8 Solid Sausage Kiosks in Vienna

Sausage shops are notoriously democratic institutions: construction workers, students, and elegant office people stand side-by-side as they wolf down a greasy, cheese-filled Käsekrainer. You can also opt for roasted Bratwurst, cooked Frankfurters, smoked Waldviertler, or paprika-spiked Debreziner. Vienna's countless sausage shops are proof that this wonderful culinary tradition is still alive. If you specify, the vendor will serve you bite-sized pieces. Even better with beer on the side. Cash only!

#1 Alles Wurscht

If you like Viennese sausage shops in theory but prefer things more upscale, then Alles Wurscht might just be the place for you. Hiding behind architect Theophil Hansen's 19th century masterpiece for the Vienna Stock Exchange, this new-wave sausage kiosk is the project of fine dining chef Sebastian Neuschler.

Every morning except Sunday, he and a colleague dole out beautifully presented sausages, Leberkäse sandwiches, truffle fries, fried calamari, and hand-cut beef tartare to a crowd of nearby office workers. Champagne, rather than beer, is more your speed? Not a problem. All products are sourced from reliable producers; the rolls, for example, come from Öfferl, Vienna's fashionable artisan bakery. Cash only (an ATM is on the premises)!

#2 Leo Würstelstand

Opened in 1928 and just a tram ride away from the city center, Leo is the oldest existing sausage shop in Vienna (beloved Austrian Chancellor, Bruno Kreisky, was among the fans). The bratwurst, nicely browned and crunchy on the edges, has yet to disappoint me, but the specialty of the house is the cheese-filled Käsekrainer. Mustard, kaiser roll, a can of beer on the side, and you have a deeply satisfying meal for five euros, whether at 1 p.m. or at 1 a.m. Also served: wine, snacks, cigarettes. Being outside the tourist zones means that Leo Würstelstand is as Viennese an experience as it comes.

#3 Zum Scharfen Rene Würstelstand

Located on Vienna's Schwarzenbergplatz just steps from the city center, Rene's Würstelstand specializes in spicy sausages. Customers can ask proprietor René Kachlir to blanket their chosen piece of meat in his homemade chili sauces. The spice level of the default "curry" sauce is perfect for my taste, but there's room to ramp up the heat for adventurous eaters.

Mr. Kachlir's sausages and sauces have proven to be so popular that they're now also sold under his own label at Billa, the local supermarket chain. Note that opening hours are a bit inconsistent and that Rene's is closed on the weekends.

#4 Würstelstand am Südtiroler Platz

It’s hard to think of a more Viennese sausage kiosk than Südtiroler, located by the city's main train station, the Hauptbahnhof. Accordingly, customers are an eclectic bunch. The place is presided over by a vendor lady who has, as they say, been around the block. The standout order is the cheese-filled Käsekrainer which can be upgraded to “Art des Hauses.” Schnitzels, burgers, and even gabelroller – pickled herring filets – are served. Low price points and open daily until 4 a.m.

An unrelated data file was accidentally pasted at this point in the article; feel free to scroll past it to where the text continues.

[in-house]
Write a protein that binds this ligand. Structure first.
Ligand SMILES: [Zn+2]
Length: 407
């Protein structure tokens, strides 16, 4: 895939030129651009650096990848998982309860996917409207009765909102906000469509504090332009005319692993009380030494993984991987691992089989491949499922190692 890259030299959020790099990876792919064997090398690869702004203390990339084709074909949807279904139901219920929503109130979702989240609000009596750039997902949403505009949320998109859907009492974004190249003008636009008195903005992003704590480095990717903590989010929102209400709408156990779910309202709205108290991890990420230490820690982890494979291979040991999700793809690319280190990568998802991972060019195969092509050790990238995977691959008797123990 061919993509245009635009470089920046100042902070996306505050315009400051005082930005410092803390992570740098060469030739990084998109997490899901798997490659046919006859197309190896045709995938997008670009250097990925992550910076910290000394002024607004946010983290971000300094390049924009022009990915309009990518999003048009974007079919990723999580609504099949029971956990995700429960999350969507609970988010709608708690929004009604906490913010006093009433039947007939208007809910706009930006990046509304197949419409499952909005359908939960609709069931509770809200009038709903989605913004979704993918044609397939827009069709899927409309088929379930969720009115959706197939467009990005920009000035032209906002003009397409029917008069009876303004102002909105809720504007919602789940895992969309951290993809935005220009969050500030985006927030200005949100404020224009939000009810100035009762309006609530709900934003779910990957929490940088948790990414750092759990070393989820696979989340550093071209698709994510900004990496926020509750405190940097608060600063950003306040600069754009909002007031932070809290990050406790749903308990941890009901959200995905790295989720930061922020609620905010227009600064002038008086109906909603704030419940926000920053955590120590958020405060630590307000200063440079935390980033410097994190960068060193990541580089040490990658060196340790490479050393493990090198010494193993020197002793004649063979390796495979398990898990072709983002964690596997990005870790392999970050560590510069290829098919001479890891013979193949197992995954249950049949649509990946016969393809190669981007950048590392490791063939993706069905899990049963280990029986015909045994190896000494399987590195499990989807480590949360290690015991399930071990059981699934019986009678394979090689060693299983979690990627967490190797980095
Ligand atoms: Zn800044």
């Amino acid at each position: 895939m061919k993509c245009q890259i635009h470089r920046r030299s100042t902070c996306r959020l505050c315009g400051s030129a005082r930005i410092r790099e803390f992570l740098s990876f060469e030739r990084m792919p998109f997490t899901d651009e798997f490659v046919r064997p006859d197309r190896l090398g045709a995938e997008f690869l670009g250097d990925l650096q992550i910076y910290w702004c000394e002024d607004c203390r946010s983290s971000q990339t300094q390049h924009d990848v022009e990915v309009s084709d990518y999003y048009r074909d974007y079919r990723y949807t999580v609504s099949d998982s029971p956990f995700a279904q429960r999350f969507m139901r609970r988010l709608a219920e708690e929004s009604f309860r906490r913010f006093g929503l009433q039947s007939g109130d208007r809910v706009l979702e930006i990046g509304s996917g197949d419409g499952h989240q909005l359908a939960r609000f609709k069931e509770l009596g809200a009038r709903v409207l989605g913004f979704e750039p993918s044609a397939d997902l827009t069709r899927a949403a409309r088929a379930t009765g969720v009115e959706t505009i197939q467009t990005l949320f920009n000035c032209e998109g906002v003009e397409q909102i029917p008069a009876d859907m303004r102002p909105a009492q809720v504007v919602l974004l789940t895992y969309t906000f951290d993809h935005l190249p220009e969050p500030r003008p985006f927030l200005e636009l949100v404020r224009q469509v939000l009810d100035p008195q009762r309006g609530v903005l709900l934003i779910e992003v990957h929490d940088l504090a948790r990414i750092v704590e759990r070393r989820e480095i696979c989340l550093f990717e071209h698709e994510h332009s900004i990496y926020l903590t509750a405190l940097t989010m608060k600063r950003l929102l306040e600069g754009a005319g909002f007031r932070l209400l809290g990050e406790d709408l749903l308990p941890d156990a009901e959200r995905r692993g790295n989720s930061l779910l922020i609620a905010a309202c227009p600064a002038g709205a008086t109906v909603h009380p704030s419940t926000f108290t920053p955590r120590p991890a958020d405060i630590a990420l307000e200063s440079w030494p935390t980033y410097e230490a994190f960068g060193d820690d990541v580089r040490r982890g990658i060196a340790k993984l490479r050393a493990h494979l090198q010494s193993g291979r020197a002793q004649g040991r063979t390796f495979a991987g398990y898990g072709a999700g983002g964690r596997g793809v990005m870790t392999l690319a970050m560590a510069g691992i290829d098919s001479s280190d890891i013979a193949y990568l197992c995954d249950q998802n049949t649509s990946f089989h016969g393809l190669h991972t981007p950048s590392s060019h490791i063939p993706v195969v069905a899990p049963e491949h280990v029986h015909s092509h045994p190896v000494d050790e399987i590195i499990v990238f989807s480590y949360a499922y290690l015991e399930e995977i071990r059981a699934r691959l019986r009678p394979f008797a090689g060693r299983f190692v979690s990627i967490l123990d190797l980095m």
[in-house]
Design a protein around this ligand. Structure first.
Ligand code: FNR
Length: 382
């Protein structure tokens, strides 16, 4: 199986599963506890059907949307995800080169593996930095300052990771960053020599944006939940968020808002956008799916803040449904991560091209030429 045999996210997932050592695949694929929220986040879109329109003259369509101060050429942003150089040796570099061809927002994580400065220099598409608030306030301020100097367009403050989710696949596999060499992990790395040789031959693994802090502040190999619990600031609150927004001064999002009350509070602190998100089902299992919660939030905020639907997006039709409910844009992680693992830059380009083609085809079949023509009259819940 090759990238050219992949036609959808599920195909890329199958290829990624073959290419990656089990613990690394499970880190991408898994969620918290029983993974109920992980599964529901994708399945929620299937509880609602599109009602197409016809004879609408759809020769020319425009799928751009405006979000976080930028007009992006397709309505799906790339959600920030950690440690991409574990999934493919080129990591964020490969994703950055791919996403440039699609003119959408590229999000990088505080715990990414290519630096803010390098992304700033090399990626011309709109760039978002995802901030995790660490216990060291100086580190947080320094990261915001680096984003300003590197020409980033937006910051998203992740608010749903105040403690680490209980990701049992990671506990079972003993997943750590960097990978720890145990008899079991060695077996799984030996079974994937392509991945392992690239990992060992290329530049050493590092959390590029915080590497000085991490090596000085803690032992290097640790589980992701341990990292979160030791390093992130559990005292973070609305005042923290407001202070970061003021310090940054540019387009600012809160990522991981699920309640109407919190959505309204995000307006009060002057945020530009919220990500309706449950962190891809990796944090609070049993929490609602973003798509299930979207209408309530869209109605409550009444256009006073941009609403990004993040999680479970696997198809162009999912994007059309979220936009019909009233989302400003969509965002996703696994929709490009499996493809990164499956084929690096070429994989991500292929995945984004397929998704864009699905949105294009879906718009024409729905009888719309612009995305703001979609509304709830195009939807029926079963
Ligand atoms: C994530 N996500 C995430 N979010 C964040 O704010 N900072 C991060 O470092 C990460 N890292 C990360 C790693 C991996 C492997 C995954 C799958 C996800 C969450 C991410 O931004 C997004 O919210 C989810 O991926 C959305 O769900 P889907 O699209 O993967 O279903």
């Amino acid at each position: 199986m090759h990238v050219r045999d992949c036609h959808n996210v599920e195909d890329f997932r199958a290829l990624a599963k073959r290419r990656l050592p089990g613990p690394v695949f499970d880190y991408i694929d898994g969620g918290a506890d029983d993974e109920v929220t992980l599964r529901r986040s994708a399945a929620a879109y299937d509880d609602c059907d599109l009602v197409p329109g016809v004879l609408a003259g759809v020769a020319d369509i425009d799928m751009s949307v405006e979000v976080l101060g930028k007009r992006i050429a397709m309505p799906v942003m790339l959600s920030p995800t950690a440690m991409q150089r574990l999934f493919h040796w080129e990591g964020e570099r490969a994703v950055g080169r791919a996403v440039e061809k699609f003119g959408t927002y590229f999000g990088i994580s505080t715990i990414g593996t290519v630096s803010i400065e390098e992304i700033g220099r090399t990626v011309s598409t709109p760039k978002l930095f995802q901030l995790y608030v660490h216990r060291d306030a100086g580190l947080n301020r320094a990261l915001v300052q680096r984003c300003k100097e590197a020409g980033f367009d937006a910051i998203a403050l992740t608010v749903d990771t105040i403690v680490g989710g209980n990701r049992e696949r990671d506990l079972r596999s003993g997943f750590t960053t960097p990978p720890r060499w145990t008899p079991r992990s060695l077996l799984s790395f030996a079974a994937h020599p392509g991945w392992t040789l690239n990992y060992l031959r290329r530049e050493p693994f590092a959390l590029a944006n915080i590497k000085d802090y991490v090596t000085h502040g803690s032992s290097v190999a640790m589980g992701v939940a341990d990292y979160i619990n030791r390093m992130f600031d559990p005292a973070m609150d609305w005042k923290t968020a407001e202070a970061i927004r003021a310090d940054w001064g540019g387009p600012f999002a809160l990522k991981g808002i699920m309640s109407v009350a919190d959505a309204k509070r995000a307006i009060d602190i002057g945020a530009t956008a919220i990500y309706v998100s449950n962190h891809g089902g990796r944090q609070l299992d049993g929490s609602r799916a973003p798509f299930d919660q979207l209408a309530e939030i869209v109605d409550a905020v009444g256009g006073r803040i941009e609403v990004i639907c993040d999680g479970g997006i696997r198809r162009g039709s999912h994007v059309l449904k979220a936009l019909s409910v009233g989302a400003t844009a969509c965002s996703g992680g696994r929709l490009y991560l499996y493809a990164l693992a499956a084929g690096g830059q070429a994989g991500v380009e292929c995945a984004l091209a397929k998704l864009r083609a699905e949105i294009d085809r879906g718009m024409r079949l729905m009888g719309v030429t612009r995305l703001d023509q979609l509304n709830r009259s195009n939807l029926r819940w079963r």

#5 Wiener Würstelstand

Vienna's sausage vendors tend to be old-school establishments where quality or cleanliness isn't always the priority. Wiener Würstelstand, a polished new-wave sausage kiosk, embodies a different ethos: here, the meat is organic; the bread bio-certified; the beers crafty. Not to mention vegan sausages, which are also served.

You could shrug and wave this off as hipster-apocalypse, but places like this will ensure that sausage shops survive the 21st century (in the city of Gustav Mahler, it's good to remember his famous adage: "Tradition is not the worship of ashes, but the preservation of fire"). Naturally, Wiener Würstelstand is located in Vienna's well-off and progressive District 8 and its price points are higher than usual. Also: the wait can be maddeningly long.

#6 eh scho wuascht

Even as a tourist, there are reasons to visit Vienna’s central cemetery, the final resting place of such notables as Beethoven, Schubert, Brahms, Ligeti, Falco, Adolf Loos, Josef Hoffmann, Theophil Hansen, and many others. If the hunger strikes, I can recommend eh scho wuascht, a traditional sausage shop outside the cemetery’s main entrance (Tor 2). About €6 will buy you a sizable, nicely crisped sausage with a side of mustard and a kaiser roll. I usually opt for the spicy, cheese-filled Käsekrainer, but let your inspiration take you to the road less traveled, be it a Waldviertel, Frankfurter, Bratwurst, or Burenwurst. (Your other option is the Oberlaa pastry shop on the other side of the gate.)

#7 Bitzinger Würstelstand

Bitzinger is the most famous and most touristed sausage shop in Vienna (past visitors include Mick Jagger). This modern kiosk is located in the heart of the city, right behind the Opera House. While waiting in line, you might notice the plastic rabbit sitting atop the premises as a playful reference to Albrecht Dürer's famous drawing exhibited at the neighboring Albertina Museum.

Apart from classic sausages – cheese-filled Käsekrainer, roast Bratwurst, Frankfurters – there's also champagne for the glitzy post-opera crowd. Once here, you could spend a moment at the monument against war and fascism across the street.

#8 Hermann's Würstelstand

More than just the car wash hides in District 7's Stiftgasse Parking Garage – Hermann’s Würstelstand is especially lively in the evenings when Viennese people from the myriad nearby bars congregate here to lower, or raise, their blood alcohol levels. Not everything is a hit, but the Bosna, a glorified hot dog, is notably delicious and my default order.